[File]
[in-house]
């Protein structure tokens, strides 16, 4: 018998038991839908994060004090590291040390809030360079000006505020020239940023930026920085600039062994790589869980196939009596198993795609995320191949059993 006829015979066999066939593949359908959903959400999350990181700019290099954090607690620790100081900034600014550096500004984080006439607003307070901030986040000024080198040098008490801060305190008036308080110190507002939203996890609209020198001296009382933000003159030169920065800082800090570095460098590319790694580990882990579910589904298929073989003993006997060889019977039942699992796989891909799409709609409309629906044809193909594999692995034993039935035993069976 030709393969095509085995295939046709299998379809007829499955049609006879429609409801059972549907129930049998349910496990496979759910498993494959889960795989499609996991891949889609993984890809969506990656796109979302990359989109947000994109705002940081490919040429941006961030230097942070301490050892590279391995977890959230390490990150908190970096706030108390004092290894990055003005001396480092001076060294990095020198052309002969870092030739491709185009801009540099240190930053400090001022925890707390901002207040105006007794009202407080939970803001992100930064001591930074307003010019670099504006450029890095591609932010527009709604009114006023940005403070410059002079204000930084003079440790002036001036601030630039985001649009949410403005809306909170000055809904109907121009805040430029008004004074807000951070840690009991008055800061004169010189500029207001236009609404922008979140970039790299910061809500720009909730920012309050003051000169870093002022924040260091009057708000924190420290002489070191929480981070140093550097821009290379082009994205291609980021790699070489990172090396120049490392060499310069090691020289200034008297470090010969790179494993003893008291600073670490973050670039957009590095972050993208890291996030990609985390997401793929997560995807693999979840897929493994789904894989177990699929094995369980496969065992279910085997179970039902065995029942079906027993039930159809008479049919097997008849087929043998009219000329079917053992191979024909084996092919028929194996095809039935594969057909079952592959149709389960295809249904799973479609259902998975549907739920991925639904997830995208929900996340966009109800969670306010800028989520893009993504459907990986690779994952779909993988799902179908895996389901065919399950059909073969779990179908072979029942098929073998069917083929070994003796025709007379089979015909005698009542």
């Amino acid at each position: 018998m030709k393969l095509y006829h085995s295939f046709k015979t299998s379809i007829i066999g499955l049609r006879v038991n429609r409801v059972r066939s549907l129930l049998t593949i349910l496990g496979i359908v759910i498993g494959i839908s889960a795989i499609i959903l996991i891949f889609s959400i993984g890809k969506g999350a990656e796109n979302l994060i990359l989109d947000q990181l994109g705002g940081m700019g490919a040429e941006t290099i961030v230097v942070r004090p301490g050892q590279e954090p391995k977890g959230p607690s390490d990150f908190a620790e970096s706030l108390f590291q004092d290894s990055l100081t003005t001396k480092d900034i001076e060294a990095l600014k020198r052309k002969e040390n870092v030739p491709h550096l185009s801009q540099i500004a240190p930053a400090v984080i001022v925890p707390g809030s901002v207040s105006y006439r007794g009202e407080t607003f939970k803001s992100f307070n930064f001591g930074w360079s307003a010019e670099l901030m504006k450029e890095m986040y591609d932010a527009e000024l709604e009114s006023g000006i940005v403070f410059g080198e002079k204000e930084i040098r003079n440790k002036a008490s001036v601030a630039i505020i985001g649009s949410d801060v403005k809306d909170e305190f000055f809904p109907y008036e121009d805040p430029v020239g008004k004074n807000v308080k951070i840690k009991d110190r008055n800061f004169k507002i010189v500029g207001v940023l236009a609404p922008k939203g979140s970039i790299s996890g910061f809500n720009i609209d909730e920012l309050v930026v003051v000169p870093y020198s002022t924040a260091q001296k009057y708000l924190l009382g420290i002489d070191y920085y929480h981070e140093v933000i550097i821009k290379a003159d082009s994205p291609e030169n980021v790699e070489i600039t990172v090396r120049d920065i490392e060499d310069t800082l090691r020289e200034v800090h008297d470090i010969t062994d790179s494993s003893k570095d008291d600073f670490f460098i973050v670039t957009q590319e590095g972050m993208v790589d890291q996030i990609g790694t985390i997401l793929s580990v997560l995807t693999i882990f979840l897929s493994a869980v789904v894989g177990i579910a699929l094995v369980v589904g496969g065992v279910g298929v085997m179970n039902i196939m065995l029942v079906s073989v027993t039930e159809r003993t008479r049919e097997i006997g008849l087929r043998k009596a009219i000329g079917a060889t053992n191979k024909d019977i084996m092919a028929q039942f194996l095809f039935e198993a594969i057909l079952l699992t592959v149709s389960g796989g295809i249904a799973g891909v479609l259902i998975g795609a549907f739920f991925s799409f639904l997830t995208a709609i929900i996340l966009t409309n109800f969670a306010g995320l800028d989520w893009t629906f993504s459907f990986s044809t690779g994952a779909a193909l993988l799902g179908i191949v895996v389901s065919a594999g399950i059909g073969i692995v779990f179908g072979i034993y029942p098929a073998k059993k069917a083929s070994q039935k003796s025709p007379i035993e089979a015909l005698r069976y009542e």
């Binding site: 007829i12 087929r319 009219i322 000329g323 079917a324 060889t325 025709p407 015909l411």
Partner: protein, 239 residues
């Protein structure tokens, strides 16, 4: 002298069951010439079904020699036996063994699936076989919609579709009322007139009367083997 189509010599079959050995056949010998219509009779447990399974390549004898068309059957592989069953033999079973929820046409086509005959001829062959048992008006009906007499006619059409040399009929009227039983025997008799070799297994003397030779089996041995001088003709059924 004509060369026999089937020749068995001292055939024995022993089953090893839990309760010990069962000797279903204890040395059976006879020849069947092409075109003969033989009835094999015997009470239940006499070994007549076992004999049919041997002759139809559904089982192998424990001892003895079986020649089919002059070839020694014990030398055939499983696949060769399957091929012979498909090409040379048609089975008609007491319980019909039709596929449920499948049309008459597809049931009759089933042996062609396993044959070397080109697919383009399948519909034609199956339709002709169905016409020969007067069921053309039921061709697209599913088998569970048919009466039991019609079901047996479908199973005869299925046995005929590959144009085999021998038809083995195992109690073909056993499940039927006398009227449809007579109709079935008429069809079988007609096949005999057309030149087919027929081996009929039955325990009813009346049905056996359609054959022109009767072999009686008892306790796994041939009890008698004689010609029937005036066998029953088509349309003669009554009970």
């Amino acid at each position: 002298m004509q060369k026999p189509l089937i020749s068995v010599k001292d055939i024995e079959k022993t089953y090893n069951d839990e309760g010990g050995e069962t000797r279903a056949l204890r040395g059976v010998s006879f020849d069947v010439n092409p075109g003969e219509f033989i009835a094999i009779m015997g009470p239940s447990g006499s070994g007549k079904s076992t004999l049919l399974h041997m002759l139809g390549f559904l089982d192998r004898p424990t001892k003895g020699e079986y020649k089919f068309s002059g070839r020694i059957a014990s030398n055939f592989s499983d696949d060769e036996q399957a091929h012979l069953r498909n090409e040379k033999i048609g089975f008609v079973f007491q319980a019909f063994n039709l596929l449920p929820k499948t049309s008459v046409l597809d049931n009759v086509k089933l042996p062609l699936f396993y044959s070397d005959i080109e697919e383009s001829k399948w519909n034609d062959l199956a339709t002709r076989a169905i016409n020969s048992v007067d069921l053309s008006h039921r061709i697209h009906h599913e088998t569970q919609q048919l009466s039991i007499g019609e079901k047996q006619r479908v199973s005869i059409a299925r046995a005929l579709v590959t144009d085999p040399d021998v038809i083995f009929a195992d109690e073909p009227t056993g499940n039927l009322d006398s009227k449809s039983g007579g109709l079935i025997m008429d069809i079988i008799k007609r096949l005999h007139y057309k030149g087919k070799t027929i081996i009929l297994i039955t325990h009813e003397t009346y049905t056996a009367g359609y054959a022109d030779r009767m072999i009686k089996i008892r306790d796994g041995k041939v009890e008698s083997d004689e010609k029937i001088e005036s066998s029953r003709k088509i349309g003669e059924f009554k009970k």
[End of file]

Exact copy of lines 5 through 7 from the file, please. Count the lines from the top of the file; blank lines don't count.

Partner: protein, 239 residues
């Protein structure tokens, strides 16, 4: 002298069951010439079904020699036996063994699936076989919609579709009322007139009367083997 189509010599079959050995056949010998219509009779447990399974390549004898068309059957592989069953033999079973929820046409086509005959001829062959048992008006009906007499006619059409040399009929009227039983025997008799070799297994003397030779089996041995001088003709059924 004509060369026999089937020749068995001292055939024995022993089953090893839990309760010990069962000797279903204890040395059976006879020849069947092409075109003969033989009835094999015997009470239940006499070994007549076992004999049919041997002759139809559904089982192998424990001892003895079986020649089919002059070839020694014990030398055939499983696949060769399957091929012979498909090409040379048609089975008609007491319980019909039709596929449920499948049309008459597809049931009759089933042996062609396993044959070397080109697919383009399948519909034609199956339709002709169905016409020969007067069921053309039921061709697209599913088998569970048919009466039991019609079901047996479908199973005869299925046995005929590959144009085999021998038809083995195992109690073909056993499940039927006398009227449809007579109709079935008429069809079988007609096949005999057309030149087919027929081996009929039955325990009813009346049905056996359609054959022109009767072999009686008892306790796994041939009890008698004689010609029937005036066998029953088509349309003669009554009970």
């Amino acid at each position: 002298m004509q060369k026999p189509l089937i020749s068995v010599k001292d055939i024995e079959k022993t089953y090893n069951d839990e309760g010990g050995e069962t000797r279903a056949l204890r040395g059976v010998s006879f020849d069947v010439n092409p075109g003969e219509f033989i009835a094999i009779m015997g009470p239940s447990g006499s070994g007549k079904s076992t004999l049919l399974h041997m002759l139809g390549f559904l089982d192998r004898p424990t001892k003895g020699e079986y020649k089919f068309s002059g070839r020694i059957a014990s030398n055939f592989s499983d696949d060769e036996q399957a091929h012979l069953r498909n090409e040379k033999i048609g089975f008609v079973f007491q319980a019909f063994n039709l596929l449920p929820k499948t049309s008459v046409l597809d049931n009759v086509k089933l042996p062609l699936f396993y044959s070397d005959i080109e697919e383009s001829k399948w519909n034609d062959l199956a339709t002709r076989a169905i016409n020969s048992v007067d069921l053309s008006h039921r061709i697209h009906h599913e088998t569970q919609q048919l009466s039991i007499g019609e079901k047996q006619r479908v199973s005869i059409a299925r046995a005929l579709v590959t144009d085999p040399d021998v038809i083995f009929a195992d109690e073909p009227t056993g499940n039927l009322d006398s009227k449809s039983g007579g109709l079935i025997m008429d069809i079988i008799k007609r096949l005999h007139y057309k030149g087919k070799t027929i081996i009929l297994i039955t325990h009813e003397t009346y049905t056996a009367g359609y054959a022109d030779r009767m072999i009686k089996i008892r306790d796994g041995k041939v009890e008698s083997d004689e010609k029937i001088e005036s066998s029953r003709k088509i349309g003669e059924f009554k009970k």